The omnivore’s dilemma, review

 Michael Pollan The omnivore’s dilemma, 2006

“At its most basic, the story of life on earth is the competition among species to capture and store as much energy as possible, either directly from the sun, in the case of plants, or in the case of animals, by eating plants and plant eaters”. Thats how Micheal Pollan starts his quest for a search for the perfect meal. What would be a natural plate of food? Pollan explores our food chain, and concludes that in fact corn and mais have done a terrific evolutionary job, since they are the most abundant food, direct and indirect ingredients in the majority of our industrial processed foods, and as a species succeeded in having mankind working for the plant to flourish. Thats the way Pollan looks at it, turning fixed mindsets upside down.

And continues to analyse the whole chain of ingredients, visiting a range of farmers, to show that integrated farming concepts can produce more with hardly any disruption to the land, to end with a perfect meal on his plate during a dinner for friends.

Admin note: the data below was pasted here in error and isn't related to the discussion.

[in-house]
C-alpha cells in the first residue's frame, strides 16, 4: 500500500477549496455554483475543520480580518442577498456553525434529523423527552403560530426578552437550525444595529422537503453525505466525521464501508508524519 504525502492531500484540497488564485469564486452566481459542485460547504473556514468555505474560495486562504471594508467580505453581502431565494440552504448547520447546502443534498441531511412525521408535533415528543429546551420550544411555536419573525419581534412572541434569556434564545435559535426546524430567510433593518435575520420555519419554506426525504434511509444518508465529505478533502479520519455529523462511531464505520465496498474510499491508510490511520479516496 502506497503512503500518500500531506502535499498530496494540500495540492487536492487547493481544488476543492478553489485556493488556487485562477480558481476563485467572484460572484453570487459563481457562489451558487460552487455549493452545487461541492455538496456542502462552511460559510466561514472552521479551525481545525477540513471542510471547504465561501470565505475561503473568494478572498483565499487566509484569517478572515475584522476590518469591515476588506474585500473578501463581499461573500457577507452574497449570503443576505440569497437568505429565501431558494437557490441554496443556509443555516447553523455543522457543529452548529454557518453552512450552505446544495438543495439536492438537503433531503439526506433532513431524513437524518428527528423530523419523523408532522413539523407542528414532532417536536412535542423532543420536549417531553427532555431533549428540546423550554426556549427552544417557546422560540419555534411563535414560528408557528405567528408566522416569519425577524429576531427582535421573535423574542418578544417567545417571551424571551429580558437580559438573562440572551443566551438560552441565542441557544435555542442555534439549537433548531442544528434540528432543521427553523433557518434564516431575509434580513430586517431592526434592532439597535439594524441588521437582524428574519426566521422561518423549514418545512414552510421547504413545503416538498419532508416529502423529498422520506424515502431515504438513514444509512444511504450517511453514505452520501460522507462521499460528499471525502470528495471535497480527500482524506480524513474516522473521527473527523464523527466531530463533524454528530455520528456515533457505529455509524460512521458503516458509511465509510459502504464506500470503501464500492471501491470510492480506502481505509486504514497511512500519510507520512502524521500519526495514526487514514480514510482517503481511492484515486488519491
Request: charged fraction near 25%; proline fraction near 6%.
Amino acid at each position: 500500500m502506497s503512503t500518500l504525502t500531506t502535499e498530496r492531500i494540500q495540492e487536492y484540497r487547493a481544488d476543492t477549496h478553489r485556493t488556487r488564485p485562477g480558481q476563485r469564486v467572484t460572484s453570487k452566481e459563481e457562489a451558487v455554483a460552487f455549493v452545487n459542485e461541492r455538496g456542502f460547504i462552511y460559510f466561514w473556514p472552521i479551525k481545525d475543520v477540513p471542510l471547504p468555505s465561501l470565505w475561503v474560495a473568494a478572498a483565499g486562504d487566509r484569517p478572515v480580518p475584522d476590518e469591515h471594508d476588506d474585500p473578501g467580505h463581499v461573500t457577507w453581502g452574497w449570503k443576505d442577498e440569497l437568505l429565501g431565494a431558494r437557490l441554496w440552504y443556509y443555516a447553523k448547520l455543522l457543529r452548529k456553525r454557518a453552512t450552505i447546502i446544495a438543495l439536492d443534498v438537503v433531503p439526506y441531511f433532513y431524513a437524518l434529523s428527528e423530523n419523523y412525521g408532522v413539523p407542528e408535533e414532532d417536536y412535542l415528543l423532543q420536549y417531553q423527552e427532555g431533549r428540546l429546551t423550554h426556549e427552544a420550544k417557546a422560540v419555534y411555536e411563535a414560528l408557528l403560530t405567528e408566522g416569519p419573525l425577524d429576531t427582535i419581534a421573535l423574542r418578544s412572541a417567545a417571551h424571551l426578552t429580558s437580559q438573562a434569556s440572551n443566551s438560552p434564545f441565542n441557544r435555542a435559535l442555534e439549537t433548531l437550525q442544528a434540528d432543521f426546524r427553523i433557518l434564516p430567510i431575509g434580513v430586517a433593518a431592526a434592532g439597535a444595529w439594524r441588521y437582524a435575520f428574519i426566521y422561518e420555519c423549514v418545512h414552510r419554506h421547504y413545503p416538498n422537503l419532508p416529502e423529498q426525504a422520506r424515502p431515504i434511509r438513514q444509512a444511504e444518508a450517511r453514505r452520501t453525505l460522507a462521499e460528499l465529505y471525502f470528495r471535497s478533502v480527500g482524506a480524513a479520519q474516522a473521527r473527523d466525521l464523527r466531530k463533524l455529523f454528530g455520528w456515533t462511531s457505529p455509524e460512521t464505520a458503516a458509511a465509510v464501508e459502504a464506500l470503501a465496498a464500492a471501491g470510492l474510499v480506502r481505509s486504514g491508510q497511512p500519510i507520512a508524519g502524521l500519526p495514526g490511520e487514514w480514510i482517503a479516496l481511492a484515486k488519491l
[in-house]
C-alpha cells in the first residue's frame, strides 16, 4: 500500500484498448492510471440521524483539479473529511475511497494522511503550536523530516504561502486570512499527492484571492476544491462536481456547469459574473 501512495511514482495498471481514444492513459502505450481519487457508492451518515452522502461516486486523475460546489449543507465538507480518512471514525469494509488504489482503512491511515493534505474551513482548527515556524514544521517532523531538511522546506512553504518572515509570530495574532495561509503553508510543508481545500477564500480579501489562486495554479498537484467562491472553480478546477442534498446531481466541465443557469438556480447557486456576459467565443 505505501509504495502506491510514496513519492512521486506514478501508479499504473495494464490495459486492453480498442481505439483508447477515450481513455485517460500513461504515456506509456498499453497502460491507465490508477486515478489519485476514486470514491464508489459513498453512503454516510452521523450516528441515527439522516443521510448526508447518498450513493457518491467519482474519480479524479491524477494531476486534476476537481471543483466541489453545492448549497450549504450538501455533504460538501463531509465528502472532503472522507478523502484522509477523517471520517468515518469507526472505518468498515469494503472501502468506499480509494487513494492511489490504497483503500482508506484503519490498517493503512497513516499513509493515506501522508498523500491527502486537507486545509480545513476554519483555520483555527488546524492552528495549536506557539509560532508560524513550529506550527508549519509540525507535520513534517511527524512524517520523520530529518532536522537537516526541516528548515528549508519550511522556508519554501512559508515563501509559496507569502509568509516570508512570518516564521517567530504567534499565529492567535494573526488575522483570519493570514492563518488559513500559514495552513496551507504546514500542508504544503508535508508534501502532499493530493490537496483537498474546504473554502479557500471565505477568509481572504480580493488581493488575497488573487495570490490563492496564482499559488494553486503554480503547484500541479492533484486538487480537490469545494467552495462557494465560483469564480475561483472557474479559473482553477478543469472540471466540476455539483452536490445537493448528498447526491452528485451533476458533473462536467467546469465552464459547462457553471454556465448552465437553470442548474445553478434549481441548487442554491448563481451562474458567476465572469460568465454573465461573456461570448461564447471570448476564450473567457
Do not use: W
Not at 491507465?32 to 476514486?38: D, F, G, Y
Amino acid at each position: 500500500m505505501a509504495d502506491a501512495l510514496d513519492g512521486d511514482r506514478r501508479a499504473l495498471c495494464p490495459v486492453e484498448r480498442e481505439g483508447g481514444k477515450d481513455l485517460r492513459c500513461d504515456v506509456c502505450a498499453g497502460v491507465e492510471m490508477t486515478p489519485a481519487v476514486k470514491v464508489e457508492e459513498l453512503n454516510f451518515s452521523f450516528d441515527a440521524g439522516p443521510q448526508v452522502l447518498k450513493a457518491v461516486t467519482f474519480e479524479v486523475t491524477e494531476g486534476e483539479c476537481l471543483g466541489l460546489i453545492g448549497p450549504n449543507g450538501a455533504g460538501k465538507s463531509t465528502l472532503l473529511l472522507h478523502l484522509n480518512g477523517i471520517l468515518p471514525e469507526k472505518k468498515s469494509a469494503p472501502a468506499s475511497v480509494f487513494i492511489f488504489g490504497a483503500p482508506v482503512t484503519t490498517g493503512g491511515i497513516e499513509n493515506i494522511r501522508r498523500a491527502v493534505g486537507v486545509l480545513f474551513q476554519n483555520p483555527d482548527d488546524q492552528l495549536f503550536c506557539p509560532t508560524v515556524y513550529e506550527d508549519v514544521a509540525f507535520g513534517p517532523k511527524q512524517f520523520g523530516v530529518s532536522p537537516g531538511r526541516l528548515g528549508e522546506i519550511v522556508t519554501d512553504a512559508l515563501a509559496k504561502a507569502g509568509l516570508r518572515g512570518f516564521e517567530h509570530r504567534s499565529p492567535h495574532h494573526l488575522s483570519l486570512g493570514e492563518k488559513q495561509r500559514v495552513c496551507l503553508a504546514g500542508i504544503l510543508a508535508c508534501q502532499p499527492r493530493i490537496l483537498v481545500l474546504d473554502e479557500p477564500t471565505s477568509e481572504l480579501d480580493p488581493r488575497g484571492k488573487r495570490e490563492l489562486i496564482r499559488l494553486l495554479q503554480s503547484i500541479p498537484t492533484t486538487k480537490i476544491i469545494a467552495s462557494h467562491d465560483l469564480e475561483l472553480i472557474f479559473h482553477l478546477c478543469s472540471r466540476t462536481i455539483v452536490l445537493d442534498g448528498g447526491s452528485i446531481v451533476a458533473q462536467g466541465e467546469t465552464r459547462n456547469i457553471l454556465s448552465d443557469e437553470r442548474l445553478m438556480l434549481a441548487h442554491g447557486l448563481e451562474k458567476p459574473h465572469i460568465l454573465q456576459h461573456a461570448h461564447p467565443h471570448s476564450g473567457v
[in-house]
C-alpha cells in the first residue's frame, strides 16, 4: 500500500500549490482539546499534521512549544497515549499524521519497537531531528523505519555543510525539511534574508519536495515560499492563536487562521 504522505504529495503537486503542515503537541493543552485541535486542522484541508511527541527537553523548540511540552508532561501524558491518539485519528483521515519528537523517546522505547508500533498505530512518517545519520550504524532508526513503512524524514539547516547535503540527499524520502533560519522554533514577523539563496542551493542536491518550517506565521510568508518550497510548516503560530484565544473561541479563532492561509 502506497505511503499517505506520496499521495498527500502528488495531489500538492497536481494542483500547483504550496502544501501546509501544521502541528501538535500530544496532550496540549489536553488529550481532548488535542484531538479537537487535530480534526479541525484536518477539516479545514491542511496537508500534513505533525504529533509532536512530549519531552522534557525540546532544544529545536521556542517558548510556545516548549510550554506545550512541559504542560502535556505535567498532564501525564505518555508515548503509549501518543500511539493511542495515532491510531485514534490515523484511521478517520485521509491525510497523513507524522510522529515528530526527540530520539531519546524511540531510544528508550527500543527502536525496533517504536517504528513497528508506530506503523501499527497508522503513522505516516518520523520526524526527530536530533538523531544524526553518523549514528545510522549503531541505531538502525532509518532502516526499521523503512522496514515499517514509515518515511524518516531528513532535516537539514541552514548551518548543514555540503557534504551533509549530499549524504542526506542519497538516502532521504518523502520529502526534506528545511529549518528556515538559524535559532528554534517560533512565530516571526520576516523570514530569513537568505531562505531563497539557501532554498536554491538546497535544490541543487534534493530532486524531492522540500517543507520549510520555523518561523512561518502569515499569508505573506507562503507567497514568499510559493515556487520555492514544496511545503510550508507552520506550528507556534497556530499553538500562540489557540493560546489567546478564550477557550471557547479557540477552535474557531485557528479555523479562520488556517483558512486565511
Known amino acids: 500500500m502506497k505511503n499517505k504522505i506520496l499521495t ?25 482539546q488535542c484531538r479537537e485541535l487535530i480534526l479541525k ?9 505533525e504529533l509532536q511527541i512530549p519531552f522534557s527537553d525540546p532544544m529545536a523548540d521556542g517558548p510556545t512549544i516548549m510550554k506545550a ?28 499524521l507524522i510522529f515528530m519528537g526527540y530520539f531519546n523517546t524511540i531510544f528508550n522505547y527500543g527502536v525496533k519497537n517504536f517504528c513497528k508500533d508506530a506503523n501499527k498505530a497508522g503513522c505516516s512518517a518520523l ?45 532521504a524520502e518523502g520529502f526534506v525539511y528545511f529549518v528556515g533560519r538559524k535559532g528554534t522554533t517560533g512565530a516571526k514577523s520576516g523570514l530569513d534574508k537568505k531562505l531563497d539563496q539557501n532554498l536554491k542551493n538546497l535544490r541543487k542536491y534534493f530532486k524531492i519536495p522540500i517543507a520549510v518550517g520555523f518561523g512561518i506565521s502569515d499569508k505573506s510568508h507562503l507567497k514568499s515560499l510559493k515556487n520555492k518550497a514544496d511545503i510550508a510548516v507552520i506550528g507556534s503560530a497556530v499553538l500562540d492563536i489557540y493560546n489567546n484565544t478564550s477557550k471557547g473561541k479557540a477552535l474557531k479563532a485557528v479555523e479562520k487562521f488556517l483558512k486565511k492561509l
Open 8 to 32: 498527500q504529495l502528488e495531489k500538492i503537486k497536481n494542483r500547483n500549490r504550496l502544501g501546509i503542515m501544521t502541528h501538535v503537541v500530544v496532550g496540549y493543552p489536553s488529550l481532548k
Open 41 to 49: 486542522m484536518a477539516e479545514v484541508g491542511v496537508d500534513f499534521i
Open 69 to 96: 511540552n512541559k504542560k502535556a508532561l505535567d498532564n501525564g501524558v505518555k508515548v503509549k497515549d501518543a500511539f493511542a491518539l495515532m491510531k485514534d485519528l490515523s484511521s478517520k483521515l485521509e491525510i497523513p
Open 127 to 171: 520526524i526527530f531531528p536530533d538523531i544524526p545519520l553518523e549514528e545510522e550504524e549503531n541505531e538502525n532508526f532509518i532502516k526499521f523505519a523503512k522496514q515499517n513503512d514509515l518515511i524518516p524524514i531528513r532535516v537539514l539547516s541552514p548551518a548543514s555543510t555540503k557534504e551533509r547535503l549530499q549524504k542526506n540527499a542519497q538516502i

In the mean time, some astonishing insight is given in that chain and market: Which in fact cant grow: There is a limit to what people can eat, and the market in the US grows in principle with one percent: the population growth. That leaves only two strategies for food industries to grow: Make us want more processed foods, which will cost more, ( and spent 10 calories of energy for 1 calorie of food) or make us eat beyond our need: “to pay a high price in the end: obesity, diabetes type 2 ,heart disease. “ Highly recommended for some insight in the food chain.

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